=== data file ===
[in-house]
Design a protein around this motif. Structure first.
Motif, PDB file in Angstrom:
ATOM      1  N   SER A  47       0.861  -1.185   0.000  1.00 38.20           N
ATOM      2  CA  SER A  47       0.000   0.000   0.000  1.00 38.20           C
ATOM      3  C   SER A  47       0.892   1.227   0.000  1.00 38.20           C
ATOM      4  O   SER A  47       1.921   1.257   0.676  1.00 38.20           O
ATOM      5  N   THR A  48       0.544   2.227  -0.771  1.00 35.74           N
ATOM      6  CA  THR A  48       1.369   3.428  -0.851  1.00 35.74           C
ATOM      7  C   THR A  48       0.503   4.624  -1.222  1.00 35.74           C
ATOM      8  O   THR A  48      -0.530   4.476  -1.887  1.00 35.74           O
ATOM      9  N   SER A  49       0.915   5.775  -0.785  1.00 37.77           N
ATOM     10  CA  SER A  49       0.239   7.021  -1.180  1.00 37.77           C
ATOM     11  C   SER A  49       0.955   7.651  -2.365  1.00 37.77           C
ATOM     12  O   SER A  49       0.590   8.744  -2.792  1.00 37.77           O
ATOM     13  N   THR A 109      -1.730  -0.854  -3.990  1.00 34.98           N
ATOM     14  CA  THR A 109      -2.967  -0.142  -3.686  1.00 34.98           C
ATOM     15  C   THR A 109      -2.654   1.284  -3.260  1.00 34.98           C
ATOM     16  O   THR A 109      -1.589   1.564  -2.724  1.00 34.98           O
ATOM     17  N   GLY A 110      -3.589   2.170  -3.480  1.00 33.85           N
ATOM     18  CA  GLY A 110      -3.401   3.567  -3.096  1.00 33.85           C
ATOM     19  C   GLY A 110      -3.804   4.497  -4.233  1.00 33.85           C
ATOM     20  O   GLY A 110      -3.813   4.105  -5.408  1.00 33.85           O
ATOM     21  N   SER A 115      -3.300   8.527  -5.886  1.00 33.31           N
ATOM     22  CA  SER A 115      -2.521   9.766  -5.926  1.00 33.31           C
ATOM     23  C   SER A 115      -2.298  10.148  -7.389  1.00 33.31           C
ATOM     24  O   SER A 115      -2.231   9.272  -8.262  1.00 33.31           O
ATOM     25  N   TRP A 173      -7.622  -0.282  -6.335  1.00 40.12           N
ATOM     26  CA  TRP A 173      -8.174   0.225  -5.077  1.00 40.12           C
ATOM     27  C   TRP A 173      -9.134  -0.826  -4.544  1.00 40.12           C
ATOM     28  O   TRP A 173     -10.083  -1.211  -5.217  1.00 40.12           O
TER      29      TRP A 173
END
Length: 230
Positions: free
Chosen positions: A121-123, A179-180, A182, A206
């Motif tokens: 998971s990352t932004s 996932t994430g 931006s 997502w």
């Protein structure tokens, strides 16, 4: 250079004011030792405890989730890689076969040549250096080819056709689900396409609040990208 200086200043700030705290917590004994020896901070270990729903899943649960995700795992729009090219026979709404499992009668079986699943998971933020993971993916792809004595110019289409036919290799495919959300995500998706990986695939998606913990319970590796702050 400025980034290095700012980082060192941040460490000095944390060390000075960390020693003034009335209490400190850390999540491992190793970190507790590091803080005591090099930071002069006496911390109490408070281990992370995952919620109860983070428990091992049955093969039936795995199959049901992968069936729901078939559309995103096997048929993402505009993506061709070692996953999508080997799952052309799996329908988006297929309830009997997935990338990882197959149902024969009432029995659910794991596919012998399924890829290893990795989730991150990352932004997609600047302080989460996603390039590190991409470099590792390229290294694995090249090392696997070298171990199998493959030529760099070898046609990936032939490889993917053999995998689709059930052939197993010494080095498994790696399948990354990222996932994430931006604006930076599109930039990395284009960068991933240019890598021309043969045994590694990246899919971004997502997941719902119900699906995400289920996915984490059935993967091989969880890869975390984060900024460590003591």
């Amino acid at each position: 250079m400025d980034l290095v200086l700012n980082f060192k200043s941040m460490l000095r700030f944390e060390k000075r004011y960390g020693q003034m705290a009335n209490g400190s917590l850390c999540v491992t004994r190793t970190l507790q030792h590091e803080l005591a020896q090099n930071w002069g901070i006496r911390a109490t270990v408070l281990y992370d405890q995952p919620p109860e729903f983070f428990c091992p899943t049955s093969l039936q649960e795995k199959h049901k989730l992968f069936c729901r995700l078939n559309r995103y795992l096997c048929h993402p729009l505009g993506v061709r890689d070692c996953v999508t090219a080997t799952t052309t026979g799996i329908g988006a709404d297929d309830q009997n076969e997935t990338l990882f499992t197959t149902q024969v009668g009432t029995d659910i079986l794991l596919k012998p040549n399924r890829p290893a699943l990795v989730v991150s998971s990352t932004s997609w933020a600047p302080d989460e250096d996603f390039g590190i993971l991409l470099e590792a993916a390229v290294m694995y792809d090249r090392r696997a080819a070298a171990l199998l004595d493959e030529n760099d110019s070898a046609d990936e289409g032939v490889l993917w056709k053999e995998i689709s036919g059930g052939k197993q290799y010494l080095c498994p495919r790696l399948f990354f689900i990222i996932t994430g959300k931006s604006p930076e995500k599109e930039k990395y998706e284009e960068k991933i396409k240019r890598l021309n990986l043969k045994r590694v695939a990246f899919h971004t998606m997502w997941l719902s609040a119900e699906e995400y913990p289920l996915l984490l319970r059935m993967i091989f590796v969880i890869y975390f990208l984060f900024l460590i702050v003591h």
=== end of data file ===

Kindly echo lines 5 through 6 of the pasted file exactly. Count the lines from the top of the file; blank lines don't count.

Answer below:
ATOM      2  CA  SER A  47       0.000   0.000   0.000  1.00 38.20           C
ATOM      3  C   SER A  47       0.892   1.227   0.000  1.00 38.20           C